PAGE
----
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Scoping Methods for Evaluating and Computing Future Agricultural Water Needs

Project ID: 596
Principal Investigator: Jennifer Johnson
Research Topic: Agriculture Water Supplies
Priority Area Assignments: 2014 (Climate Change and Variability Research)
Funded Fiscal Years: 2014
Keywords: agricultural water needs, climate change, irrigation demands, socio-economic

Research Question

The largest consumptive use of water in the Western United States is for the production of irrigated agricultural. Thus, predicting how the demand for agricultural water will be affected by demographic, technological, and climate change is essential for understanding how the west's water resources can be sustainably managed in the future. Current methods for computing future agricultural water needs rely on methods that are primarily based on physical properties of the agro-hydrologic system. Two examples of this are: (1) develop a pattern of agricultural demands based on demands from a recent historical time period (i.e. the last 10 years); or (2) utilize an evapotranspiration (ET) calculator along with future temperature and precipitation projections to determine crop irrigation water requirements for an assumed crop mix. Method (1) assumes that irrigators are going to behave similarly to recent historical time periods in the future. Method (2) assumes crop mixes will not change and that the irrigators will behave just as the ET calculator behaves. Both of these approaches are limited in that neither method accounts for technological developments nor changes in agro-economic systems that can significantly impact the water needed to sustainably support irrigated agricultural systems.
To address these limitations and important question must first be answered; Is it possible to develop a method for evaluating future agricultural water needs that relies on more than just the physical factors and historical water use, but also includes the potential behavior of the irrigators under future conditions influenced by social, technological, economic, and institutional factors?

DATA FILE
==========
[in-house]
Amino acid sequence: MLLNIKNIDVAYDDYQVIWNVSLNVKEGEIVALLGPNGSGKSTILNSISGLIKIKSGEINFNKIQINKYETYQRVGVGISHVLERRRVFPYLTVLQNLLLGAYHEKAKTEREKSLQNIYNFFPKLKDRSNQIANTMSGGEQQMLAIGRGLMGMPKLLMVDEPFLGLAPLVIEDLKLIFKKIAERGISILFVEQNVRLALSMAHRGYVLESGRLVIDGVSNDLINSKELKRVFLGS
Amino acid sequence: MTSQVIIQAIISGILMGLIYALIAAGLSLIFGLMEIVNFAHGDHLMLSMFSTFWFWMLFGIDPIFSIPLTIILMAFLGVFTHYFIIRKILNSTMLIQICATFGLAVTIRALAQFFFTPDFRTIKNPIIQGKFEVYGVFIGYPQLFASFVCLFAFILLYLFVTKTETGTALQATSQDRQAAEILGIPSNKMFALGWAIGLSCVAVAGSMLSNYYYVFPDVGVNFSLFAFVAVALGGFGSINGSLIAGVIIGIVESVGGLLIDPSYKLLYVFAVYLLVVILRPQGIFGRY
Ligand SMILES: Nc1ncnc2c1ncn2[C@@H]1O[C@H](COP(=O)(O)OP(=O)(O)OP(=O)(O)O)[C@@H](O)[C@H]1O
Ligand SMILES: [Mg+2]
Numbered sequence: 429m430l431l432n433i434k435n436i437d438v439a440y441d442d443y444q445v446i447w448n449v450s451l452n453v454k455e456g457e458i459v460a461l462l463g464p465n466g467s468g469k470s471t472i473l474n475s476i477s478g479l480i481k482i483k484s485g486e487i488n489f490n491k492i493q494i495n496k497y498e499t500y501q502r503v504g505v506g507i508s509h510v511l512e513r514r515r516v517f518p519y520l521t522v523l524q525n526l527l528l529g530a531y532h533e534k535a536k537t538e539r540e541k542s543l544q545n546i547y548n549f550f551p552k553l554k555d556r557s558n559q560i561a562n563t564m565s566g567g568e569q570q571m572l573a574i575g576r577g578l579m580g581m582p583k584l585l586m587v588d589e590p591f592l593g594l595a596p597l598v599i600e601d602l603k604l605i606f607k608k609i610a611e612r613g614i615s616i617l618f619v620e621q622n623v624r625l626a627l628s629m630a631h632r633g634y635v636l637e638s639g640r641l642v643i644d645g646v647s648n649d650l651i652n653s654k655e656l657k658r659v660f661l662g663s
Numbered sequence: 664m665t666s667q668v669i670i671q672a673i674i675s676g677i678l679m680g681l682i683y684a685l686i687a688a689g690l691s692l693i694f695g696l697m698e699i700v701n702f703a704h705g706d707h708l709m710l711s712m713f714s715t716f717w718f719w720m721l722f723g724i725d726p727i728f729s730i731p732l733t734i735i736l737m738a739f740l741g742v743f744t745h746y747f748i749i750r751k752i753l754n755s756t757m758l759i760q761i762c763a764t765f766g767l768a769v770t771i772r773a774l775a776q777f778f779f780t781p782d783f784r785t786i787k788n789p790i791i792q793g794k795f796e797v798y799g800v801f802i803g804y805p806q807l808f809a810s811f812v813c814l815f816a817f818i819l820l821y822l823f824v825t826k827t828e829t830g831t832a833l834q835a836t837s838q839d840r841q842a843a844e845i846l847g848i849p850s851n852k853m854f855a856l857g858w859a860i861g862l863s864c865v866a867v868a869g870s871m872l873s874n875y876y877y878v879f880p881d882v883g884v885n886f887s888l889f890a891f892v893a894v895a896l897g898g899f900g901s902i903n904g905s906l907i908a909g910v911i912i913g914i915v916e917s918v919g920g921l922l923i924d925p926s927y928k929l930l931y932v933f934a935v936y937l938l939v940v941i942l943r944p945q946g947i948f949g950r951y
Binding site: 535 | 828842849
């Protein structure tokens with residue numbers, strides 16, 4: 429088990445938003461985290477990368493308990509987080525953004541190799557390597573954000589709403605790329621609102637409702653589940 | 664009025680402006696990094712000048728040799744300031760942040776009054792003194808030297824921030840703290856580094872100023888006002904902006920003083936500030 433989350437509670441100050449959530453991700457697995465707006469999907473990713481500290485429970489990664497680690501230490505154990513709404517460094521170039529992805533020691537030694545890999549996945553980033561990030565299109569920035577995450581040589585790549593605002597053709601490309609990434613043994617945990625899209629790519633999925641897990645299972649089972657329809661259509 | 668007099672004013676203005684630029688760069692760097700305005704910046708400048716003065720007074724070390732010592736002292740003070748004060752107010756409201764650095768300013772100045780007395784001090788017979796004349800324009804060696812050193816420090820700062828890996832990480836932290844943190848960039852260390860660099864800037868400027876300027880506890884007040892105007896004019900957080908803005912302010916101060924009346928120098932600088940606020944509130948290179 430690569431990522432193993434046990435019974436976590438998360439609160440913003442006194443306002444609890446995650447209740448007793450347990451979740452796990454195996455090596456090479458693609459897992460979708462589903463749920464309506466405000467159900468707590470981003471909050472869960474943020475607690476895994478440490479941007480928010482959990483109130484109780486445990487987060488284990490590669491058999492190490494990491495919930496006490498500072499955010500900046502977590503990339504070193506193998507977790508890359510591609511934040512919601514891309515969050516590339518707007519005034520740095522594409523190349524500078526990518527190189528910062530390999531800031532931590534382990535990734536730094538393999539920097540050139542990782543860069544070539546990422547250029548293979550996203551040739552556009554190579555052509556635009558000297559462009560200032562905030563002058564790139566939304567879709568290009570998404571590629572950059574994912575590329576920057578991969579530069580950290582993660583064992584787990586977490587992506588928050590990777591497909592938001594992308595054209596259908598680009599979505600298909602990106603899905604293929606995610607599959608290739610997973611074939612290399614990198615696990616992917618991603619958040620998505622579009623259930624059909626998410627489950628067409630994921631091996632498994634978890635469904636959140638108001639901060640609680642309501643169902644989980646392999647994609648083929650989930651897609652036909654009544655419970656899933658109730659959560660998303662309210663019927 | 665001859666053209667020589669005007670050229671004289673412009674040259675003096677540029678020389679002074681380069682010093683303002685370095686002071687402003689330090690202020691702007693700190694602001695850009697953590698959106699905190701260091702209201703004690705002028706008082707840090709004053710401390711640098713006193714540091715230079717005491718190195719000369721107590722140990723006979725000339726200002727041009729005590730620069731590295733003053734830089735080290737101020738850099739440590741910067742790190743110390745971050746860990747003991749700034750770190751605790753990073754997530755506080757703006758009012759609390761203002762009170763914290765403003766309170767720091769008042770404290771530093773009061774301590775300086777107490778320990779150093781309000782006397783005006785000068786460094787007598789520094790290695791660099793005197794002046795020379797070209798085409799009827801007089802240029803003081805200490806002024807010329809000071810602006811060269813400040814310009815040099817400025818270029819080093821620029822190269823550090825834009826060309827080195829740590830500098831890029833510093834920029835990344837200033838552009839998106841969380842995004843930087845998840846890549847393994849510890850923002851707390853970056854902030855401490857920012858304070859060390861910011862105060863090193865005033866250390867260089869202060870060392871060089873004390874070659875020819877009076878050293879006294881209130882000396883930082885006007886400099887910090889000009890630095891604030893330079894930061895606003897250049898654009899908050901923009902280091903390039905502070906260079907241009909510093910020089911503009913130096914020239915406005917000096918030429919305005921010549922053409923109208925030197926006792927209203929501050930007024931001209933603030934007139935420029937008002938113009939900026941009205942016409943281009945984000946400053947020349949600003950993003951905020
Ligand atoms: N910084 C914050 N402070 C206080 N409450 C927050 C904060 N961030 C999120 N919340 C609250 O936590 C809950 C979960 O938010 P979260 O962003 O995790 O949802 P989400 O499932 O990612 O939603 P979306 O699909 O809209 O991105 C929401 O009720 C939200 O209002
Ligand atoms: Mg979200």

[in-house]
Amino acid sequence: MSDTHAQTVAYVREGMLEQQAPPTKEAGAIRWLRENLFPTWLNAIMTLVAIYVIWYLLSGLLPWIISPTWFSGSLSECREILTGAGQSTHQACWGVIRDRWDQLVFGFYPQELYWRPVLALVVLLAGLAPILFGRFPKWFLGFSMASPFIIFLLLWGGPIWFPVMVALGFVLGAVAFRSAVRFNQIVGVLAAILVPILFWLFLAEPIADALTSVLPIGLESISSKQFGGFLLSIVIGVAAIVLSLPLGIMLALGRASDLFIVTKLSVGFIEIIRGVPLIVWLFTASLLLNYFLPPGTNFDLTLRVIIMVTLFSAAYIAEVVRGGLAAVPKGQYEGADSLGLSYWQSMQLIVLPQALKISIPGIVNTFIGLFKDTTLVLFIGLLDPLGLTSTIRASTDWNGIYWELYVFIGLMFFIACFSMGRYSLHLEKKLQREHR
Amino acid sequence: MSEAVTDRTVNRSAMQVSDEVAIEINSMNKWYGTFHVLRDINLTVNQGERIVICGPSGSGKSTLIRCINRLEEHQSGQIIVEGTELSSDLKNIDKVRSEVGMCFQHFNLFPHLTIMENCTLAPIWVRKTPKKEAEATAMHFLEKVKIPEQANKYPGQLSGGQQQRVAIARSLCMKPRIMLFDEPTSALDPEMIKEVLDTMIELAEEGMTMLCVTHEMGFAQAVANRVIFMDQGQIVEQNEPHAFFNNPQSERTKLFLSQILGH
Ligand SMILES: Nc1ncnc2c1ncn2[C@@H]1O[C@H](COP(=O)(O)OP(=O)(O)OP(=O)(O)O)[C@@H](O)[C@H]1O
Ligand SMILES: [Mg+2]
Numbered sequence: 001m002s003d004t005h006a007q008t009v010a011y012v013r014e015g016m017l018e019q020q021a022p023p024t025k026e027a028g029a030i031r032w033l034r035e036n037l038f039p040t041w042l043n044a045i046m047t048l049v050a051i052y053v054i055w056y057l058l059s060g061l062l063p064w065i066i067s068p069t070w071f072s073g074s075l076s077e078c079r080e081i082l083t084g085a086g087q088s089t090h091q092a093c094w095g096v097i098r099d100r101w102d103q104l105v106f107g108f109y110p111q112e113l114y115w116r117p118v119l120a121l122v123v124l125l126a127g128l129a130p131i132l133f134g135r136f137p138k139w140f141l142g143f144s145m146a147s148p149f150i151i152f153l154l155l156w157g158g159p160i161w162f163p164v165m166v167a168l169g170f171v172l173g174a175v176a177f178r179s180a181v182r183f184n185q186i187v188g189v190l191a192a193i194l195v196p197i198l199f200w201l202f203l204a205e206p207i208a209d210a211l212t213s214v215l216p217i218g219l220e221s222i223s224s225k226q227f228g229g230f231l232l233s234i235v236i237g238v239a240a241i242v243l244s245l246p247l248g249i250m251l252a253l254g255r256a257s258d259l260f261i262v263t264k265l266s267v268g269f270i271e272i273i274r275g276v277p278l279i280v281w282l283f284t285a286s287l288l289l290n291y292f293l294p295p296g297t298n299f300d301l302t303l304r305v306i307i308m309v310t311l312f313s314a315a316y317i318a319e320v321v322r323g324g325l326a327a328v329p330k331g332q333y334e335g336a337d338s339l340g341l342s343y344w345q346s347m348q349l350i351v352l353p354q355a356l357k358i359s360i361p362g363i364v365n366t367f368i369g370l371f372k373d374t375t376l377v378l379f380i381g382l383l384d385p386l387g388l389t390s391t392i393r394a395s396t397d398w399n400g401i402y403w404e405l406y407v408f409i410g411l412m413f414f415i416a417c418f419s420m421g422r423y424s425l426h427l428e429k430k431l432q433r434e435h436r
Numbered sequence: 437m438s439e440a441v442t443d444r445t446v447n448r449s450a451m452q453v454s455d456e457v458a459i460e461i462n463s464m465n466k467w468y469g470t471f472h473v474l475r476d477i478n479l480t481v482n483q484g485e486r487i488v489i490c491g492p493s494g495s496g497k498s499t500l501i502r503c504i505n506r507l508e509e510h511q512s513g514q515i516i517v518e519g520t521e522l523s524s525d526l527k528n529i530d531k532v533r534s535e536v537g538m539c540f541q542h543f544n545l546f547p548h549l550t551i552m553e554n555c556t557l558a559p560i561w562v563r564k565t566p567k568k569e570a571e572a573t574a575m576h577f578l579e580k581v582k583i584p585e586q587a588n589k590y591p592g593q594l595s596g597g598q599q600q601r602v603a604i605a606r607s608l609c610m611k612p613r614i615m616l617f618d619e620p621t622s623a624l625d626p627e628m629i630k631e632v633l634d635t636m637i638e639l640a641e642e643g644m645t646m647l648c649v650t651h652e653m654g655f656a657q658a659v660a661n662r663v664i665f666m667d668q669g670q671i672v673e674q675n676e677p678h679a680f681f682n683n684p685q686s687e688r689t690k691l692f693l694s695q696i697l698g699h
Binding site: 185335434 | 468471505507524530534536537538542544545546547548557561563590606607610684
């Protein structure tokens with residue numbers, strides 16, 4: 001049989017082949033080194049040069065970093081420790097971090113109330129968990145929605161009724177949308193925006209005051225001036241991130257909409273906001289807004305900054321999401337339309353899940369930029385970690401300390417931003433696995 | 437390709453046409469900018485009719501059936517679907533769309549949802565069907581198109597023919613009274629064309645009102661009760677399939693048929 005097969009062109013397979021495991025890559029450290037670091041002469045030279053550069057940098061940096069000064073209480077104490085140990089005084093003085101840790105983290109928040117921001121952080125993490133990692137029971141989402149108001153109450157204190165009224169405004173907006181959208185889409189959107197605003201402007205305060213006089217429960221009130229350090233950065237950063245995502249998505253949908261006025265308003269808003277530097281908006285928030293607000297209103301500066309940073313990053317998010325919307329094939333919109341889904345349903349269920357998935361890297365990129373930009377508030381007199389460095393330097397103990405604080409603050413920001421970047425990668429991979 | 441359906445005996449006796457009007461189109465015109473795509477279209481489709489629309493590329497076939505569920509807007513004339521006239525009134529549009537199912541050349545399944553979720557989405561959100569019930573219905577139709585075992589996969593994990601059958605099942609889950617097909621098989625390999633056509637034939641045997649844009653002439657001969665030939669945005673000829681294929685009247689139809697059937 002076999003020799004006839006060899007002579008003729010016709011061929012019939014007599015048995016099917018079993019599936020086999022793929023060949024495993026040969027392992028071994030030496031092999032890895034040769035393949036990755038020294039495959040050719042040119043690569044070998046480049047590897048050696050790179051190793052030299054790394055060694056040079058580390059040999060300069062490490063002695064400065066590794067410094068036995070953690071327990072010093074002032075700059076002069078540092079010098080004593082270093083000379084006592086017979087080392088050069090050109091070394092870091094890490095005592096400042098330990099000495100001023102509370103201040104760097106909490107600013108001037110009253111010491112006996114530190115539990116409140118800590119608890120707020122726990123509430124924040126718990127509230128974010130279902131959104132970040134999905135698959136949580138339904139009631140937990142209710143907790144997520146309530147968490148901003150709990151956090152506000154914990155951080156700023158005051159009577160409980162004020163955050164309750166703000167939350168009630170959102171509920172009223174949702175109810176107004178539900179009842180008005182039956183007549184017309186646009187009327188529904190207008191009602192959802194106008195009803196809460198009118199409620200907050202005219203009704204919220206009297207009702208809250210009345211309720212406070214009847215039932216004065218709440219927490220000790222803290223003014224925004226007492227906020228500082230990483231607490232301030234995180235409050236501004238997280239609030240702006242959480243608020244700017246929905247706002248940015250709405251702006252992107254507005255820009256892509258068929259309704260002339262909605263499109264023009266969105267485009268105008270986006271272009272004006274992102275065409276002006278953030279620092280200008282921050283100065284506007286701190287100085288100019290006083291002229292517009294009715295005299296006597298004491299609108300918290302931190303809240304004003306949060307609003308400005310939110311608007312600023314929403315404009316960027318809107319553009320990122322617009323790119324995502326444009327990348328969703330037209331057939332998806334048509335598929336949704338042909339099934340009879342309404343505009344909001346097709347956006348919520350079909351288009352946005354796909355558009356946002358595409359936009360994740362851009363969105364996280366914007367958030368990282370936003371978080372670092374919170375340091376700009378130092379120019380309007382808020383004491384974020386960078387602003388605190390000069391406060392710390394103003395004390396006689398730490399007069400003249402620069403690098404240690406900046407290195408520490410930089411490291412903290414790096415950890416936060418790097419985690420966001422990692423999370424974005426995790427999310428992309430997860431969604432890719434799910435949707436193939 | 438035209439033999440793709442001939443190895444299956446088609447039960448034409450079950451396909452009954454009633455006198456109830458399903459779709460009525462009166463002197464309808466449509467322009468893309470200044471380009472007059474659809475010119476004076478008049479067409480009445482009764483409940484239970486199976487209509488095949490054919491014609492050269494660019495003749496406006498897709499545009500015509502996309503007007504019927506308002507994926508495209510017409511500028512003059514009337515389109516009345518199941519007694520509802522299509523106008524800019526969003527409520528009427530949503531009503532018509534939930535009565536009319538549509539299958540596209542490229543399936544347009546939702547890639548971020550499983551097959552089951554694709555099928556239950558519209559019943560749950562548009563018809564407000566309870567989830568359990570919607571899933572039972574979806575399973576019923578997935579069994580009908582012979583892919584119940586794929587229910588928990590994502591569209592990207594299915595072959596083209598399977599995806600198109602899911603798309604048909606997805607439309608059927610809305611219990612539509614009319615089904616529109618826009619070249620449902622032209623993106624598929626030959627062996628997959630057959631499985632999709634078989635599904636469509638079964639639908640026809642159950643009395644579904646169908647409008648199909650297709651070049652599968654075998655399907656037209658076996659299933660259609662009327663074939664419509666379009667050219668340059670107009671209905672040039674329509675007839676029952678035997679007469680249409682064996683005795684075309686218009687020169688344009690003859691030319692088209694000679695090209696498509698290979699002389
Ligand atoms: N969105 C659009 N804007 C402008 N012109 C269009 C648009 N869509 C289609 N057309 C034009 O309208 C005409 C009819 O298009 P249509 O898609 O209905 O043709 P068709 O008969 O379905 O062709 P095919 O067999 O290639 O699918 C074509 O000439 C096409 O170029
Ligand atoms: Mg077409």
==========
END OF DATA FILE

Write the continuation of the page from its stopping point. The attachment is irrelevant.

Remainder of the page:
Need and Benefit

Reclamation is responsible for delivering water for irrigated agriculture in the western US. An important aspect of ensuring that water supplies remain viable into the future is understanding how the needs and demands of water users might change under possible future conditions . As mentioned in the Research Question section, current methods do not completely account for the impacts of potential changes to future demands. This scoping effort will help to determine if a more complete method can be developed.
This project could be used to address the following gaps as defined Addressing Climate Change in Long-Term Water Resources Planning and Management (Reclamation and USACE, 2011): 5.02 Understanding how socioeconomic factors may affect water and power delivery reliability, water allocation, as well as decisions on source of supply under a changing climate, 5.03 Understanding how institutional realities currently control socioeconomic responses to climate variability and could control socioeconomic responses under a changing climate, and 7.05 For each response on a socioeconomic system, uncertainty information on system science and associated ways of portraying this science in a system model and the observations used to customize a model for a specific system.

Contributing Partners

None

Research Products

Bureau of Reclamation Review

The following documents were reviewed by experts in fields relating to this project's study and findings. The results were determined to be achieved using valid means.

Scoping Methods for Evaluating and Computing Future Agricultural Water Needs (final, PDF, 363KB)
By Jennifer Johnson
Report completed on November 18, 2014

Scoping level study to understand current methods for quantifying future agricultural water needs.
Keywords: agricultural water demands, agent-based modeling, future water demands, climate change

This information was last updated on November 23, 2014
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